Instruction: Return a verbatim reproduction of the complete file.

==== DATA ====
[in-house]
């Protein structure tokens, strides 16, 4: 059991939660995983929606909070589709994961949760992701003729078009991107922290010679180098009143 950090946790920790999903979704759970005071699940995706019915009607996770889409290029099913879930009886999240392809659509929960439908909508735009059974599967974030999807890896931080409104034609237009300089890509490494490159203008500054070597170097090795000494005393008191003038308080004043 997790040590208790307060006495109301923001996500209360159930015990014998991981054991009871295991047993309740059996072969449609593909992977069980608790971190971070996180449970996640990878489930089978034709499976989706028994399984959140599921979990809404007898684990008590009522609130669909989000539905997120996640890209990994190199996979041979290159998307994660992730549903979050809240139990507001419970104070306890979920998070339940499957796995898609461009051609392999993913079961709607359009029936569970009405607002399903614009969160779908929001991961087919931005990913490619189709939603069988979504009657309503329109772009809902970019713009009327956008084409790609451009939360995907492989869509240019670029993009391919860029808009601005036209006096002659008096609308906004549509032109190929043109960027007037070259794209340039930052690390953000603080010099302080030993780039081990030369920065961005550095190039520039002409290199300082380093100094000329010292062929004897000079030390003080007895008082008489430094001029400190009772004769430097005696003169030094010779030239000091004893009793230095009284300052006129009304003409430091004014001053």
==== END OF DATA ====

[in-house]
């Protein structure tokens, strides 16, 4: 059991939660995983929606909070589709994961949760992701003729078009991107922290010679180098009143 950090946790920790999903979704759970005071699940995706019915009607996770889409290029099913879930009886999240392809659509929960439908909508735009059974599967974030999807890896931080409104034609237009300089890509490494490159203008500054070597170097090795000494005393008191003038308080004043 997790040590208790307060006495109301923001996500209360159930015990014998991981054991009871295991047993309740059996072969449609593909992977069980608790971190971070996180449970996640990878489930089978034709499976989706028994399984959140599921979990809404007898684990008590009522609130669909989000539905997120996640890209990994190199996979041979290159998307994660992730549903979050809240139990507001419970104070306890979920998070339940499957796995898609461009051609392999993913079961709607359009029936569970009405607002399903614009969160779908929001991961087919931005990913490619189709939603069988979504009657309503329109772009809902970019713009009327956008084409790609451009939360995907492989869509240019670029993009391919860029808009601005036209006096002659008096609308906004549509032109190929043109960027007037070259794209340039930052690390953000603080010099302080030993780039081990030369920065961005550095190039520039002409290199300082380093100094000329010292062929004897000079030390003080007895008082008489430094001029400190009772004769430097005696003169030094010779030239000091004893009793230095009284300052006129009304003409430091004014001053």